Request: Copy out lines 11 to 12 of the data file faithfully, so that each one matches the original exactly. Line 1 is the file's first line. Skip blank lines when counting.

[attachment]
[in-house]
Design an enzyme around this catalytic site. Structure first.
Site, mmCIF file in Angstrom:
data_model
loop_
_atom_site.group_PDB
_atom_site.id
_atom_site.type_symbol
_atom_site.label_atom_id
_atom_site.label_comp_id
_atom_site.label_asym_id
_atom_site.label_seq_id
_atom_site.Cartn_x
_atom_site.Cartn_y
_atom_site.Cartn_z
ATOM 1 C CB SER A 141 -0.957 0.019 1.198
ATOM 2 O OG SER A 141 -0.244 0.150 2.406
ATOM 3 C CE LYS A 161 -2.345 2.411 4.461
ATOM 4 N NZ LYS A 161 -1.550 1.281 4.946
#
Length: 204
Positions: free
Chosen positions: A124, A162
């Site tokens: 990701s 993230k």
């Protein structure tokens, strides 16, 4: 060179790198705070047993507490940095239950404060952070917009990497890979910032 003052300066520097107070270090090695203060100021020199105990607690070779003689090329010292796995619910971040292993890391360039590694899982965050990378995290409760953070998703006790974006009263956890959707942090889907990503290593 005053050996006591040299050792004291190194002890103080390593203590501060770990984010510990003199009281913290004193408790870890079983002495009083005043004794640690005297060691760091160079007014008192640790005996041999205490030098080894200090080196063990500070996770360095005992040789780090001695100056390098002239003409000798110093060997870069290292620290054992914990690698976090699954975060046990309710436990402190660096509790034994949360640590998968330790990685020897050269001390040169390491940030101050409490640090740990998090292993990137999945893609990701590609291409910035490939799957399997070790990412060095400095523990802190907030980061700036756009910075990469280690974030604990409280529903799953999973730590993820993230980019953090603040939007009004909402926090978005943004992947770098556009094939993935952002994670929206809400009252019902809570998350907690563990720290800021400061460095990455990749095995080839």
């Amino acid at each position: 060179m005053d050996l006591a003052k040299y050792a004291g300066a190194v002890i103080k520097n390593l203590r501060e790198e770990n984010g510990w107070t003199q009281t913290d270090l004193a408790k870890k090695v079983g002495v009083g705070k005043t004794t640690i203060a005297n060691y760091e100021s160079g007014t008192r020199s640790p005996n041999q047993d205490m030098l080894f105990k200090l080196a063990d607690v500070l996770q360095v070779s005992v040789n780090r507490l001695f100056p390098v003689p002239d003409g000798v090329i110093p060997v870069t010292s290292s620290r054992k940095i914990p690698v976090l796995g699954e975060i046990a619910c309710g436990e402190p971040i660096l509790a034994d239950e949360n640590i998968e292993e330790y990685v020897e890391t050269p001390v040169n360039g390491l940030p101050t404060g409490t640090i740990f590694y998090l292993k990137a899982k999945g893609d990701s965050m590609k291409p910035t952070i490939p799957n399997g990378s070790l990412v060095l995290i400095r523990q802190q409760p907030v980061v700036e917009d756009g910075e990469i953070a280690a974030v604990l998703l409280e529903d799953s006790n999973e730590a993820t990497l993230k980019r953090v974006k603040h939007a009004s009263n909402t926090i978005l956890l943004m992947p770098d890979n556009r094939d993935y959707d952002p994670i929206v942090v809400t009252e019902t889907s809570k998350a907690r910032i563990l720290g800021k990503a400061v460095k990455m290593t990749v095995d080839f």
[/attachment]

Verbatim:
_atom_site.label_asym_id
_atom_site.label_seq_id